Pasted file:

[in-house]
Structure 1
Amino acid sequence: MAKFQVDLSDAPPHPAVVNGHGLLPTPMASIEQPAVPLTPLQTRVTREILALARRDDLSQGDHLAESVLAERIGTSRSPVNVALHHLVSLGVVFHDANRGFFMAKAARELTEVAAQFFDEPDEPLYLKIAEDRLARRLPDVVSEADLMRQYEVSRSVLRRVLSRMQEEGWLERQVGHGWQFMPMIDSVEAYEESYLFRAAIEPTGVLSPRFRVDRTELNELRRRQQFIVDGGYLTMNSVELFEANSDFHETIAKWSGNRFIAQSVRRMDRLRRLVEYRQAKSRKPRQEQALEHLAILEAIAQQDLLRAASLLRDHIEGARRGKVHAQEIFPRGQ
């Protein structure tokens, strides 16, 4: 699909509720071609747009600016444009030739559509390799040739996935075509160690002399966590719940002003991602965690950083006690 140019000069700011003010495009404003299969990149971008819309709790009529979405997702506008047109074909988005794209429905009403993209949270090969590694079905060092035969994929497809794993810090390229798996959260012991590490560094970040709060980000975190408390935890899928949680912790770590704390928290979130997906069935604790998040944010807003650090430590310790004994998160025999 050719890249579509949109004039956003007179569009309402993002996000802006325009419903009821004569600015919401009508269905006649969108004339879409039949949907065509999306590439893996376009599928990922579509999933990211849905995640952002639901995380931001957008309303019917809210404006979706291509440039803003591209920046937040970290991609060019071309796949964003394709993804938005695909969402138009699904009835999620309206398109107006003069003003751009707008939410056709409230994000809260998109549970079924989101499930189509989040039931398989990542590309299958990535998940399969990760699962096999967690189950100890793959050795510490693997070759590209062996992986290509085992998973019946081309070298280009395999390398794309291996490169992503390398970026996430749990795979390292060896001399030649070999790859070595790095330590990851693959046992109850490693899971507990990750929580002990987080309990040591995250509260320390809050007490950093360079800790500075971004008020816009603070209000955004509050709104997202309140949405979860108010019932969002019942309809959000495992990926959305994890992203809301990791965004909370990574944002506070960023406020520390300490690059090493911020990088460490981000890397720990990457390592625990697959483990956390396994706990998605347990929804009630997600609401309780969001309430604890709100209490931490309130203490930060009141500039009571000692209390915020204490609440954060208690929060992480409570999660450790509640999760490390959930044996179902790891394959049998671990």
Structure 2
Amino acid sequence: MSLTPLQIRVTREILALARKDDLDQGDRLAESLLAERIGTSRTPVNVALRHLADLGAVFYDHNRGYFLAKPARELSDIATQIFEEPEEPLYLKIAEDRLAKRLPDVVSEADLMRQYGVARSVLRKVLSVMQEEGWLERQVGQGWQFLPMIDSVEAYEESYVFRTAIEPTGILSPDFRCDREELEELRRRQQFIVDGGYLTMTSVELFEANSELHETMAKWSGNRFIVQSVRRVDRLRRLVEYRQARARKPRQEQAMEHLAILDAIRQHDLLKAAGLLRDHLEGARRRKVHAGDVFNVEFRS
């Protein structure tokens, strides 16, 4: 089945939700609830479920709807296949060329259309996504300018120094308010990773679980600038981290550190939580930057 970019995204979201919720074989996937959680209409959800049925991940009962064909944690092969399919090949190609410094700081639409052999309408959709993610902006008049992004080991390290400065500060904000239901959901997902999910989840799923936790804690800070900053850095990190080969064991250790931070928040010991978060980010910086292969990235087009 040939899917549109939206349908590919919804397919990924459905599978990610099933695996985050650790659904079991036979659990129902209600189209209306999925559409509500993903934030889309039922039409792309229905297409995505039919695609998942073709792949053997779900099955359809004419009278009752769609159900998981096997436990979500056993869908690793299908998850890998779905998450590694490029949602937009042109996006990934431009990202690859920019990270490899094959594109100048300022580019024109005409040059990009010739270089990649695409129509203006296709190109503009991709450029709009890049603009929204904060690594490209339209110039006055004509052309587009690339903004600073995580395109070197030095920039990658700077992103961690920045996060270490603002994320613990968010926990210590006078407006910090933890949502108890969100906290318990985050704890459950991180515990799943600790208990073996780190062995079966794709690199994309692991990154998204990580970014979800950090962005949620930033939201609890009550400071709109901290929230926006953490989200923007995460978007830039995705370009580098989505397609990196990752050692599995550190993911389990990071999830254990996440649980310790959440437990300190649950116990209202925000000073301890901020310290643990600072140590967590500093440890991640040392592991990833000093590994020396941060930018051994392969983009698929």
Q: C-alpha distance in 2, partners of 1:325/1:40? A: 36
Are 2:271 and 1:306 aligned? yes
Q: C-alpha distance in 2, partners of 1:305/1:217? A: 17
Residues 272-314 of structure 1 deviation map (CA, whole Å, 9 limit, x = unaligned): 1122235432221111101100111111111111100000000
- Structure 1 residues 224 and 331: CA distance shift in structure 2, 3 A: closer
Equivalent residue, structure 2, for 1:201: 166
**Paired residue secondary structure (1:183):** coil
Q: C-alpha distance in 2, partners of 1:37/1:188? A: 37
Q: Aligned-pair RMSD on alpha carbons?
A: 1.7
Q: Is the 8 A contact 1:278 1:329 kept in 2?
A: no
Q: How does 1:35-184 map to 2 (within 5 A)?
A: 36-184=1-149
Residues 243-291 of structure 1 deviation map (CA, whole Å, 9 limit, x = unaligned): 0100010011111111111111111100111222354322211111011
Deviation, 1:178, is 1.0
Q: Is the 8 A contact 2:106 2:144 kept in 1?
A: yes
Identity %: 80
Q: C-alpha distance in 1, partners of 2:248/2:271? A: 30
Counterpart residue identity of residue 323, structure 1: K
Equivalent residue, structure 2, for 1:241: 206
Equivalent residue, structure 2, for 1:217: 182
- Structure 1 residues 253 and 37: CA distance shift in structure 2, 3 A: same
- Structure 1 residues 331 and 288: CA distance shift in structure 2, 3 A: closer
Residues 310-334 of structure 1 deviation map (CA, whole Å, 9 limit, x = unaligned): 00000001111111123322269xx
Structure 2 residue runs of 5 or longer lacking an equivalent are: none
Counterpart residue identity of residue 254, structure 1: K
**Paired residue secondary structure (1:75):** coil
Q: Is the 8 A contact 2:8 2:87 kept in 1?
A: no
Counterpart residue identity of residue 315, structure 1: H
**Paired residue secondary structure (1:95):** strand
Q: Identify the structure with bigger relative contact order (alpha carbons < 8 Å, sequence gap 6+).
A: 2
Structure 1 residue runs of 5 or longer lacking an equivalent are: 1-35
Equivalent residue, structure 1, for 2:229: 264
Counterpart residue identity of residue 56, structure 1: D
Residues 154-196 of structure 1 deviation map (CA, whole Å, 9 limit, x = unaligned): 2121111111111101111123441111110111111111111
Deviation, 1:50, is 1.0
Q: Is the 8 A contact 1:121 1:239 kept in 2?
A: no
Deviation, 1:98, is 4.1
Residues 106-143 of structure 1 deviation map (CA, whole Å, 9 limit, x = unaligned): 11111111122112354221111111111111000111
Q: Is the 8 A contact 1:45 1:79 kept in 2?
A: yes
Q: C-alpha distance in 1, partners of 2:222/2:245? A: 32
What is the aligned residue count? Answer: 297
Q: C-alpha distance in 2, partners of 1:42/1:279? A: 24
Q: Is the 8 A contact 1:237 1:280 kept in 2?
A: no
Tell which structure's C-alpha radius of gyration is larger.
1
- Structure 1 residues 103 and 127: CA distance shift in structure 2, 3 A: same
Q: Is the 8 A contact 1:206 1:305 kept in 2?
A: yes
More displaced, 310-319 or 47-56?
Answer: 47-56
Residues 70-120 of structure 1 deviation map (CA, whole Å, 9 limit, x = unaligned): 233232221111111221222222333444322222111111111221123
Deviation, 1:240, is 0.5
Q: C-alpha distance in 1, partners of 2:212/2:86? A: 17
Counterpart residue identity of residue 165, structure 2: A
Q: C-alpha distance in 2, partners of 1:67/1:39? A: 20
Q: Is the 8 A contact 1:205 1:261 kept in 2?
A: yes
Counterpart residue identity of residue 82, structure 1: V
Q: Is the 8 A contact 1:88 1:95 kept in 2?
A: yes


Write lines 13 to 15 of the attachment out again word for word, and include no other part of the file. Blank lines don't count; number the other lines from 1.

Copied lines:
Equivalent residue, structure 2, for 1:201: 166
**Paired residue secondary structure (1:183):** coil
Q: C-alpha distance in 2, partners of 1:37/1:188? A: 37